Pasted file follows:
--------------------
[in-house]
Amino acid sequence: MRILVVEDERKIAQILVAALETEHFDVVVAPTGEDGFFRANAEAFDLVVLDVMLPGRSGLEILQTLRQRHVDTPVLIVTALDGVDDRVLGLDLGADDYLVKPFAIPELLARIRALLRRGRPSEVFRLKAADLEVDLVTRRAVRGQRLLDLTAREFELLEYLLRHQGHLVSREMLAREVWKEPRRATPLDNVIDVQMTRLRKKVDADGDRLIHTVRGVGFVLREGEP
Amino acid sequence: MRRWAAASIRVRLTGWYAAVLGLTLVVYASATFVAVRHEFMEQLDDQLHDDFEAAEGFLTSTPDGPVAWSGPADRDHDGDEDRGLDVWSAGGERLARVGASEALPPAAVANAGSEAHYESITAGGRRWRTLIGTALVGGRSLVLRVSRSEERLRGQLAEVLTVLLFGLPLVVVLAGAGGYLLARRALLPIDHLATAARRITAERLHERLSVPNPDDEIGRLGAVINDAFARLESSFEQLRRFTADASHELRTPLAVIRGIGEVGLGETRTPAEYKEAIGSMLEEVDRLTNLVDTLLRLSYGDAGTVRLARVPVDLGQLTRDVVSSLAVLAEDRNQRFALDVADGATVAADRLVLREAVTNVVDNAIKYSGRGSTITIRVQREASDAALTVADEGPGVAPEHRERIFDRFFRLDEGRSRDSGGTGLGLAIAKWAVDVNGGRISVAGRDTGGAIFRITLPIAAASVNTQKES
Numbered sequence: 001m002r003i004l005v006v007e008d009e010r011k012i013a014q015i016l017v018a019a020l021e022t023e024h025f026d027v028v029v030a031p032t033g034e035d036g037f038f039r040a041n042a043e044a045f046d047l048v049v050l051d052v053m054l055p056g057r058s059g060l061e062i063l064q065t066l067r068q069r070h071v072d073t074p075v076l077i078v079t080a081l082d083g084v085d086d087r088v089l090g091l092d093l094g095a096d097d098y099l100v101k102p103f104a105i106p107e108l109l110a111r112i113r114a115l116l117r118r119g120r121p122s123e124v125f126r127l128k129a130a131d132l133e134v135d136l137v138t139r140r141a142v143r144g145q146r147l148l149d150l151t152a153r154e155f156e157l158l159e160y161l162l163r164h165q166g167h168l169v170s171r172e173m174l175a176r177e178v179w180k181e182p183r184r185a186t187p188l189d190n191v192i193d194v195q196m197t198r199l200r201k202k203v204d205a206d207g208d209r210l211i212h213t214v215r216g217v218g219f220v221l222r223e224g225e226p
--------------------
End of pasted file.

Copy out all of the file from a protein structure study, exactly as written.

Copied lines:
[in-house]
Amino acid sequence: MRILVVEDERKIAQILVAALETEHFDVVVAPTGEDGFFRANAEAFDLVVLDVMLPGRSGLEILQTLRQRHVDTPVLIVTALDGVDDRVLGLDLGADDYLVKPFAIPELLARIRALLRRGRPSEVFRLKAADLEVDLVTRRAVRGQRLLDLTAREFELLEYLLRHQGHLVSREMLAREVWKEPRRATPLDNVIDVQMTRLRKKVDADGDRLIHTVRGVGFVLREGEP
Amino acid sequence: MRRWAAASIRVRLTGWYAAVLGLTLVVYASATFVAVRHEFMEQLDDQLHDDFEAAEGFLTSTPDGPVAWSGPADRDHDGDEDRGLDVWSAGGERLARVGASEALPPAAVANAGSEAHYESITAGGRRWRTLIGTALVGGRSLVLRVSRSEERLRGQLAEVLTVLLFGLPLVVVLAGAGGYLLARRALLPIDHLATAARRITAERLHERLSVPNPDDEIGRLGAVINDAFARLESSFEQLRRFTADASHELRTPLAVIRGIGEVGLGETRTPAEYKEAIGSMLEEVDRLTNLVDTLLRLSYGDAGTVRLARVPVDLGQLTRDVVSSLAVLAEDRNQRFALDVADGATVAADRLVLREAVTNVVDNAIKYSGRGSTITIRVQREASDAALTVADEGPGVAPEHRERIFDRFFRLDEGRSRDSGGTGLGLAIAKWAVDVNGGRISVAGRDTGGAIFRITLPIAAASVNTQKES
Numbered sequence: 001m002r003i004l005v006v007e008d009e010r011k012i013a014q015i016l017v018a019a020l021e022t023e024h025f026d027v028v029v030a031p032t033g034e035d036g037f038f039r040a041n042a043e044a045f046d047l048v049v050l051d052v053m054l055p056g057r058s059g060l061e062i063l064q065t066l067r068q069r070h071v072d073t074p075v076l077i078v079t080a081l082d083g084v085d086d087r088v089l090g091l092d093l094g095a096d097d098y099l100v101k102p103f104a105i106p107e108l109l110a111r112i113r114a115l116l117r118r119g120r121p122s123e124v125f126r127l128k129a130a131d132l133e134v135d136l137v138t139r140r141a142v143r144g145q146r147l148l149d150l151t152a153r154e155f156e157l158l159e160y161l162l163r164h165q166g167h168l169v170s171r172e173m174l175a176r177e178v179w180k181e182p183r184r185a186t187p188l189d190n191v192i193d194v195q196m197t198r199l200r201k202k203v204d205a206d207g208d209r210l211i212h213t214v215r216g217v218g219f220v221l222r223e224g225e226p